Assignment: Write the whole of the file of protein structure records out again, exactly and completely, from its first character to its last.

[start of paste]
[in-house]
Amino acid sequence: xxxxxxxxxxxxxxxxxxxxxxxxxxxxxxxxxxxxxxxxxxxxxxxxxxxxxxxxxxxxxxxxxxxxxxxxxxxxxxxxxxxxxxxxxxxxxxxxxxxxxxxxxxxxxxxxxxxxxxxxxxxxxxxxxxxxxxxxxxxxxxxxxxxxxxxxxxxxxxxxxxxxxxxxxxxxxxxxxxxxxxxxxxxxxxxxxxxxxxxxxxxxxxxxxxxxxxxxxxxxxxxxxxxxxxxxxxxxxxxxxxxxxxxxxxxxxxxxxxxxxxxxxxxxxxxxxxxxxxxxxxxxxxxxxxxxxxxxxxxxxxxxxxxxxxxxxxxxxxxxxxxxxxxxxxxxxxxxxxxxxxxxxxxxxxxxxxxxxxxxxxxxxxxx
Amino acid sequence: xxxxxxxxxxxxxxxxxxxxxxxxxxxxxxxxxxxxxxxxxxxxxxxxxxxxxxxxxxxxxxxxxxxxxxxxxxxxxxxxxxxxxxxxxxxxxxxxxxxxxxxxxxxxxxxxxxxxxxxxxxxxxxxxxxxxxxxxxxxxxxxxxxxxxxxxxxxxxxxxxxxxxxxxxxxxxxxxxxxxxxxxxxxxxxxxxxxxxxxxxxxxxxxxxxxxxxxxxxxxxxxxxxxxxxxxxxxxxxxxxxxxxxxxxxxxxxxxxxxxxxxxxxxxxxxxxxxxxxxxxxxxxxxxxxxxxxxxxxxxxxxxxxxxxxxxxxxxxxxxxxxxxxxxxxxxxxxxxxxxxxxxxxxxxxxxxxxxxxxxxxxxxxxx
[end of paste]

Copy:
[in-house]
Amino acid sequence: xxxxxxxxxxxxxxxxxxxxxxxxxxxxxxxxxxxxxxxxxxxxxxxxxxxxxxxxxxxxxxxxxxxxxxxxxxxxxxxxxxxxxxxxxxxxxxxxxxxxxxxxxxxxxxxxxxxxxxxxxxxxxxxxxxxxxxxxxxxxxxxxxxxxxxxxxxxxxxxxxxxxxxxxxxxxxxxxxxxxxxxxxxxxxxxxxxxxxxxxxxxxxxxxxxxxxxxxxxxxxxxxxxxxxxxxxxxxxxxxxxxxxxxxxxxxxxxxxxxxxxxxxxxxxxxxxxxxxxxxxxxxxxxxxxxxxxxxxxxxxxxxxxxxxxxxxxxxxxxxxxxxxxxxxxxxxxxxxxxxxxxxxxxxxxxxxxxxxxxxxxxxxxxx
Amino acid sequence: xxxxxxxxxxxxxxxxxxxxxxxxxxxxxxxxxxxxxxxxxxxxxxxxxxxxxxxxxxxxxxxxxxxxxxxxxxxxxxxxxxxxxxxxxxxxxxxxxxxxxxxxxxxxxxxxxxxxxxxxxxxxxxxxxxxxxxxxxxxxxxxxxxxxxxxxxxxxxxxxxxxxxxxxxxxxxxxxxxxxxxxxxxxxxxxxxxxxxxxxxxxxxxxxxxxxxxxxxxxxxxxxxxxxxxxxxxxxxxxxxxxxxxxxxxxxxxxxxxxxxxxxxxxxxxxxxxxxxxxxxxxxxxxxxxxxxxxxxxxxxxxxxxxxxxxxxxxxxxxxxxxxxxxxxxxxxxxxxxxxxxxxxxxxxxxxxxxxxxxxxxxxxxxx